A Brief History of Ellis Island
1620s: The Dutch arrive in New York harbor and begin building their colony of New Amsterdam. The Dutch would refer to this island as one of the three “Oyster Islands” in New York harbor. Native Americans were the first to utilize the land. They often visited the island because of its’ large oyster beds, which was an integral source of food. This was the inspiration for the Dutch naming of the islands.
1674-1679: After the British took hold of New Netherland, the island was bestowed to Captain William Dyer by Sir Edmund Andros, the Colonial Governor of New York. It was then renamed Dyer’s Island.
1774: Samuel Ellis purchases the island. This New York merchant builds a tavern on the island where men would come to dig for oysters and enjoy the views of the harbor.
1785: Ellis attempts to sell the island, but fails. He eventually passes away in 1794 and the island is given to his descendants.
1808: The United States Federal Government acquires the island from New York State for harbor defense.
1811: Fort Gibson is constructed by the United States War Department, built to protect the harbor during the war of 1812. The fort consisted of barracks, gunpowder magazine, and a battery of canons.
1812: The British never directly attacked the harbor during the war and thus Fort Gibson never saw any action.
1890: The Federal Government takes control of immigration from the states.
1890-1891: Before the immigration depot began construction, the island was doubled in size with landfill. A ferry slip and dock were built, and some of the older military post buildings were adapted for reuse.
1892: New immigration station opens up at Ellis Island on January 1.
1897: Immigration station destroyed by a fire on June 15. No one was killed.
1900: Current Main Building opens, made completely fireproof by the architectural firm of Boring and Tilton. Opening day was December 17.
1901: Kitchen, Laundry and Powerhouse buildings were built and the island was further enlarged by landfill to allow for a hospital complex.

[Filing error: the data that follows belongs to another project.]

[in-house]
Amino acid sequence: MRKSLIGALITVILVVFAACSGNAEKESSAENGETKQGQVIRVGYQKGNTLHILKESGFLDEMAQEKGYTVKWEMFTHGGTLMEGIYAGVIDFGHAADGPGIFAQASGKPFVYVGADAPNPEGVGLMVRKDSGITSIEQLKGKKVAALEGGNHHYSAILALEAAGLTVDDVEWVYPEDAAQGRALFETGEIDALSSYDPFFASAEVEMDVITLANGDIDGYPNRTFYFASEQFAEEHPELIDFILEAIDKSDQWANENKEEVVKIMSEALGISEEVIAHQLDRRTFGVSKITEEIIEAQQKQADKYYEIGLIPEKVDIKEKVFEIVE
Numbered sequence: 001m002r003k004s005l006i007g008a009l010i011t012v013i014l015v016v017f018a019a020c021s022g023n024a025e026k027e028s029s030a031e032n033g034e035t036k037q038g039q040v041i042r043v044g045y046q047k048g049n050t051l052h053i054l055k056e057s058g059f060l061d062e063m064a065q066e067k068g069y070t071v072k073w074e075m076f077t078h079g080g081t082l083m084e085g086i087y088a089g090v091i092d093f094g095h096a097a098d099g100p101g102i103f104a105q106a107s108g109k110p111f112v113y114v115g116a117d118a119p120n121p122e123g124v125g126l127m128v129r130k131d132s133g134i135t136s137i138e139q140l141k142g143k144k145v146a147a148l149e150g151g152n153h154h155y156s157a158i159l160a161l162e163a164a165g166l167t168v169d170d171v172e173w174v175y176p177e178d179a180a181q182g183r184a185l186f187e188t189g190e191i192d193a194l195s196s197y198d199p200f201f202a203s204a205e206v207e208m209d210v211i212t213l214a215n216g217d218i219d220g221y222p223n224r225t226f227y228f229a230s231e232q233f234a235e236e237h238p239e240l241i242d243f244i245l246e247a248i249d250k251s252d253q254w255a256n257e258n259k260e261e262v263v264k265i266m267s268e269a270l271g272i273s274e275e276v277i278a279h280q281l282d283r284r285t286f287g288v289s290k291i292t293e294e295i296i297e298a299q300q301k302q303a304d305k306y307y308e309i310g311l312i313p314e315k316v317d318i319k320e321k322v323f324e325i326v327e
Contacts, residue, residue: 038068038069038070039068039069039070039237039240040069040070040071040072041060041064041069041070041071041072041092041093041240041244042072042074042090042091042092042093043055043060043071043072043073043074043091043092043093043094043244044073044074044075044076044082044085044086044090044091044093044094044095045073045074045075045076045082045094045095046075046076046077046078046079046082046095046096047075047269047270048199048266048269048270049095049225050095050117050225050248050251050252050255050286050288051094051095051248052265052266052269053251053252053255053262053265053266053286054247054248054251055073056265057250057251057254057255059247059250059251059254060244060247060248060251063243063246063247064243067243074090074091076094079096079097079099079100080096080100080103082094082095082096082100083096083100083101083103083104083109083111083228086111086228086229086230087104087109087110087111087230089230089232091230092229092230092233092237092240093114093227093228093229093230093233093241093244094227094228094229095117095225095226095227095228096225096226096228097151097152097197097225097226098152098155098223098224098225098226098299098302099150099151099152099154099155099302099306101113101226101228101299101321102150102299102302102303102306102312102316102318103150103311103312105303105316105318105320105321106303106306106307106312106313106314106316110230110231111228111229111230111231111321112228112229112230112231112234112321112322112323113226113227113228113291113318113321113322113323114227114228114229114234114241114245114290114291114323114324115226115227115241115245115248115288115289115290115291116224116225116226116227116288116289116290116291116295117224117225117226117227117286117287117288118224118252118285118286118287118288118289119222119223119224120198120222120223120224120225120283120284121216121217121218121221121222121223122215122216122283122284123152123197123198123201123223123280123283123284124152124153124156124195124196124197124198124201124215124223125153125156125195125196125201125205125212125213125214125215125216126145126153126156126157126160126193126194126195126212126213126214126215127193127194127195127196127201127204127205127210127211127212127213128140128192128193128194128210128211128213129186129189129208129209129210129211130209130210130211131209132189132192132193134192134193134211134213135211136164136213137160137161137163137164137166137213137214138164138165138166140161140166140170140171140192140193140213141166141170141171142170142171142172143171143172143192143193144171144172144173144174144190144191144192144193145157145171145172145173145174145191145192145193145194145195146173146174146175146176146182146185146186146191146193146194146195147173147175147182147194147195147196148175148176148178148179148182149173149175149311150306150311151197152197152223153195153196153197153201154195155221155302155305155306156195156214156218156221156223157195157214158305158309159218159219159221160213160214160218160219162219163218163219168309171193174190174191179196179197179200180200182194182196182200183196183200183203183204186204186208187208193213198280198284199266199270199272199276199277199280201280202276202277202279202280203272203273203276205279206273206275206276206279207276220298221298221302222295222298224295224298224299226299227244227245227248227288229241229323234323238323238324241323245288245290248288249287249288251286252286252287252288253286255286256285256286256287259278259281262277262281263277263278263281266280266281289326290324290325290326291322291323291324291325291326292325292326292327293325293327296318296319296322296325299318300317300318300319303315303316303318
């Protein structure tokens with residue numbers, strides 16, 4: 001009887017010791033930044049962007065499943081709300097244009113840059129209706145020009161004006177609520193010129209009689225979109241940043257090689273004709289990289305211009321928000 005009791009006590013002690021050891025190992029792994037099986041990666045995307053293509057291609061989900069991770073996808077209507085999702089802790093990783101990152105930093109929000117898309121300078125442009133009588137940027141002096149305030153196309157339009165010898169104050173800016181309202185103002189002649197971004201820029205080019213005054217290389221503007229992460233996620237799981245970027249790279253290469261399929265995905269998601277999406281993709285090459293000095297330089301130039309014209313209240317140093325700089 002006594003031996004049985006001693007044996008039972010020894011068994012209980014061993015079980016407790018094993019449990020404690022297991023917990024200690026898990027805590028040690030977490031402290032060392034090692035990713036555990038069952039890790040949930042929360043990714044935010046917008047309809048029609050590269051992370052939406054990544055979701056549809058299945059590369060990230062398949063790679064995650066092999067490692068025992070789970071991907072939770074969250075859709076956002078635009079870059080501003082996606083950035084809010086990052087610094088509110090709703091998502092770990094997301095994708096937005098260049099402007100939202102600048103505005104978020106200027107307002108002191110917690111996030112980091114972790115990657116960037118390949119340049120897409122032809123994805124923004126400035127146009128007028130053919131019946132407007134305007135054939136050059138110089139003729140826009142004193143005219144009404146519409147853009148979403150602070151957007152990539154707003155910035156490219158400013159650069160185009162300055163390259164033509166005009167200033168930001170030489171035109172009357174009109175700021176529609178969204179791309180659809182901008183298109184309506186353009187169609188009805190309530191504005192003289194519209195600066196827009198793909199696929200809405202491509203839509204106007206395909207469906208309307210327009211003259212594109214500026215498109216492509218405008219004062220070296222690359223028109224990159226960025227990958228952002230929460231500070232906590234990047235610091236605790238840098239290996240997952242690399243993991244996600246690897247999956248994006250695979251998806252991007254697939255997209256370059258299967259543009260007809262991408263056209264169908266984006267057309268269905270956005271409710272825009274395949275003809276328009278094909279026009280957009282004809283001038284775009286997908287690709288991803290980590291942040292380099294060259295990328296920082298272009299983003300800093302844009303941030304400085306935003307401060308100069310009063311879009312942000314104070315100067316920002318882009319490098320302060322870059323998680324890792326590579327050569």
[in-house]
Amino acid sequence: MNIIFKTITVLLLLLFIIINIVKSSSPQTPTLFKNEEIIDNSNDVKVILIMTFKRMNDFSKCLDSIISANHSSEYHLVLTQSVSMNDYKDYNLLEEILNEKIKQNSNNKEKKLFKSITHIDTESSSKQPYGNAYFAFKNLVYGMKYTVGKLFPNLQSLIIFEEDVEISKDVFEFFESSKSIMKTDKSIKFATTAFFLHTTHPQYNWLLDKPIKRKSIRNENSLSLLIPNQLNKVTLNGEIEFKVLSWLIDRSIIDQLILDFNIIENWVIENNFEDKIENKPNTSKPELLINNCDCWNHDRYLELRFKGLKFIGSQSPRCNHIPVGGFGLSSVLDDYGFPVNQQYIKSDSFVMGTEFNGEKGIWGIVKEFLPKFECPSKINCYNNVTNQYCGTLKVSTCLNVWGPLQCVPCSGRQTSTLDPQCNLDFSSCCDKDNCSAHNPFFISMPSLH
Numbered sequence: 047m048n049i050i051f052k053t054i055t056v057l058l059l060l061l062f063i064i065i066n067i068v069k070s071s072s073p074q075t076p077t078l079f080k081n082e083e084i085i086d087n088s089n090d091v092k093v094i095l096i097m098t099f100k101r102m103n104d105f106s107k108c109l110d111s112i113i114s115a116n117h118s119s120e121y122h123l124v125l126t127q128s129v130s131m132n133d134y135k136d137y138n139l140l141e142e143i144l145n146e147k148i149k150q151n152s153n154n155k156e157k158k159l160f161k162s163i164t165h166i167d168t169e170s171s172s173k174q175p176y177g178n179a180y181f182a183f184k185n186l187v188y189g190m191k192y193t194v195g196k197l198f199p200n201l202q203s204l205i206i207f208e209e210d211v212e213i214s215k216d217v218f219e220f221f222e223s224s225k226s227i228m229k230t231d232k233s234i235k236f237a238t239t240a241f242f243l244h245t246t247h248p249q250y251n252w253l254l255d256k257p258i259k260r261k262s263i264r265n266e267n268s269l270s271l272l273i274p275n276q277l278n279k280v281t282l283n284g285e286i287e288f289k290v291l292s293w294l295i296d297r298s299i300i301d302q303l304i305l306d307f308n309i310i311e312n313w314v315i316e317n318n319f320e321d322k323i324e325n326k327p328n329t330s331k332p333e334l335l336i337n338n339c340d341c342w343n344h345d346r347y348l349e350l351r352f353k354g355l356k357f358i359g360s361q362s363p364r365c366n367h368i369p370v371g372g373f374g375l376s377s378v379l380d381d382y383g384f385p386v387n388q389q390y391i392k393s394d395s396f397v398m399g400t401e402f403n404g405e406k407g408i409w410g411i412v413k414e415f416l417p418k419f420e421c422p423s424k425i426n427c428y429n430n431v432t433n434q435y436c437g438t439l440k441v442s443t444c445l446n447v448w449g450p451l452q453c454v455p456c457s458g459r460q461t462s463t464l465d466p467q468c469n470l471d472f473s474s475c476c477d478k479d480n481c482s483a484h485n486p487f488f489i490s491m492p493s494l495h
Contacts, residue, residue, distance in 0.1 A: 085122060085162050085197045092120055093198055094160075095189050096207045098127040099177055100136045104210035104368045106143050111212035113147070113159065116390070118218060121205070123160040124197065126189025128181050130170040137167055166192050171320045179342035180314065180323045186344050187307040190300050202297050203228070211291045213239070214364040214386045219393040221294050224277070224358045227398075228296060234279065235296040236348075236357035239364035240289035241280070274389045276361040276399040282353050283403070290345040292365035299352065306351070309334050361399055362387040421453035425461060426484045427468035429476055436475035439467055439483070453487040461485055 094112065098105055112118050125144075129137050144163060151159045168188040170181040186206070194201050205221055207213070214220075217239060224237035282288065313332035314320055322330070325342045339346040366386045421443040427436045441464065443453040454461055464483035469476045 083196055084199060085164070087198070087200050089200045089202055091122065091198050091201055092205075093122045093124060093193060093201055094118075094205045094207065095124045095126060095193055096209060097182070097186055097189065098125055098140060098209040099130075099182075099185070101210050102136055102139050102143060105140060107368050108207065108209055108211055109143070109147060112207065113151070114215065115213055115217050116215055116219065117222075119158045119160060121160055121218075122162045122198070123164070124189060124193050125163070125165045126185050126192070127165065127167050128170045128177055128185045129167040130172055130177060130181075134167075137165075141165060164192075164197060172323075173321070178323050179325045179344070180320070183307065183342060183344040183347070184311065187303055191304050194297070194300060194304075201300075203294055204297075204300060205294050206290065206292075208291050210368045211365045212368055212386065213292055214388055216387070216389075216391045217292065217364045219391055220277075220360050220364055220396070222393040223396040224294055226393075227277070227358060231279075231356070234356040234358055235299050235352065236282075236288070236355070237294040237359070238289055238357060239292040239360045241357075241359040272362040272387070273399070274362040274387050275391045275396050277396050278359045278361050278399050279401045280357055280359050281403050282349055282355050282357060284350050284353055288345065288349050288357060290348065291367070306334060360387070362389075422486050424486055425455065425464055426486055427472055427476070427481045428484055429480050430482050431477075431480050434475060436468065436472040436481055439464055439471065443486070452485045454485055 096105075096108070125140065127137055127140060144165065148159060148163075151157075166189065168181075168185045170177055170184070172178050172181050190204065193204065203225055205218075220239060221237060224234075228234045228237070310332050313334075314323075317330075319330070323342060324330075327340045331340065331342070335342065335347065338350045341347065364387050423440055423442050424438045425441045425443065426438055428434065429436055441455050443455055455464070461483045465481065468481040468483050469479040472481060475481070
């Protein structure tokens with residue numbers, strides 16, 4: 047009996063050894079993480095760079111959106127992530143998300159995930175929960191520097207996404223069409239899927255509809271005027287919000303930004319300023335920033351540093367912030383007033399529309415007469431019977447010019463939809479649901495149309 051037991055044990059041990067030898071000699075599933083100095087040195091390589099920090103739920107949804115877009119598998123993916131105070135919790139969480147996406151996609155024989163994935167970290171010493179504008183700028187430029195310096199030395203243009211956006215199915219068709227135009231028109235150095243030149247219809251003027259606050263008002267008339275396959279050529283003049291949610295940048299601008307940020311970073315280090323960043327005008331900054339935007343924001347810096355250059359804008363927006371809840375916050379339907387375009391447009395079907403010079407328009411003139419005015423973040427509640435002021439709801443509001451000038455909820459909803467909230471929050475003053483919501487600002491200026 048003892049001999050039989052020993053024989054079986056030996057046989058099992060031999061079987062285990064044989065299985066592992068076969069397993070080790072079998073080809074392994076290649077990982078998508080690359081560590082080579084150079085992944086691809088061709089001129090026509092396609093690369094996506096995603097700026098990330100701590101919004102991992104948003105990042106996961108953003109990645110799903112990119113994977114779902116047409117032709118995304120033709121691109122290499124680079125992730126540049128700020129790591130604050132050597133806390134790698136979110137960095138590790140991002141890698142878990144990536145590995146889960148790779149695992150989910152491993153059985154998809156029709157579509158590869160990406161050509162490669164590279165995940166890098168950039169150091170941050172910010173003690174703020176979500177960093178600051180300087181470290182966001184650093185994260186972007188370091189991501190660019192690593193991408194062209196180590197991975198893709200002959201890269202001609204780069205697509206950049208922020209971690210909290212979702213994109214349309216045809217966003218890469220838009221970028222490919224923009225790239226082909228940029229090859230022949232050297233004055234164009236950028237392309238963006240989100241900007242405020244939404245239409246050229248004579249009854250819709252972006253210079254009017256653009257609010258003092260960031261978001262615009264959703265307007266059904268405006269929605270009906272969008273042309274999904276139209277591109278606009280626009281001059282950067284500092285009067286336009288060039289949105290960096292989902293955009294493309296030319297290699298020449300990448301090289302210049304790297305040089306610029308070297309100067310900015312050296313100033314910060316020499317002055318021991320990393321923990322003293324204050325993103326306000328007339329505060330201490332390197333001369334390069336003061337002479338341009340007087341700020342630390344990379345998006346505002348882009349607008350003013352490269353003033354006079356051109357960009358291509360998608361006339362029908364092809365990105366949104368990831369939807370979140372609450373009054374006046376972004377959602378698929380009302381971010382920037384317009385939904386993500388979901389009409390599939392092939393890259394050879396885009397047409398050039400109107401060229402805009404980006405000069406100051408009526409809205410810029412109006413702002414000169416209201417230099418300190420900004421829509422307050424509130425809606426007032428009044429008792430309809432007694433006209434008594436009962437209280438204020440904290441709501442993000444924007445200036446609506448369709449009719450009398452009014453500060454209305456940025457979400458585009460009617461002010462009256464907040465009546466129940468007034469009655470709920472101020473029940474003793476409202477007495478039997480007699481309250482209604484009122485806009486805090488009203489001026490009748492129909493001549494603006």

1902: In March, the Main Hospital Building officially opened, with space and equipment for up to 125 patients.
1903-1909: A number of other buildings were added to the hospital complex such as an administration building, a new hospital extension, and the psychopathic ward. Enlarged again with landfill, the island then allowed room for the building of the Contagious Disease Hospital and Isolation Wards.
1920s: Last swell of construction involving a New Immigration Building, New Ferry House, and the new Recreation Building and Shelters.
1939-1946: United States Coast Guard occupies Ellis Island to establish a training station, utilizing many of the buildings already on the island. By 1946, the training station was decommissioned.
1951-1954: The Coast Guard returns to the island to establish a Port Security Unit.
1954: Ellis Island Immigration Station is closed permanently and the island is abandoned.
1955: The island is declared surplus Federal property.
1965: Ellis Island becomes part of the Statue of Liberty National Monument. Put into effect by President Lyndon B. Johnson in a signed proclamation.
1986: The work begins to repair and refurbish the main immigration building on Ellis Island.
1990: Restored Main Building reopens as an immigration museum.
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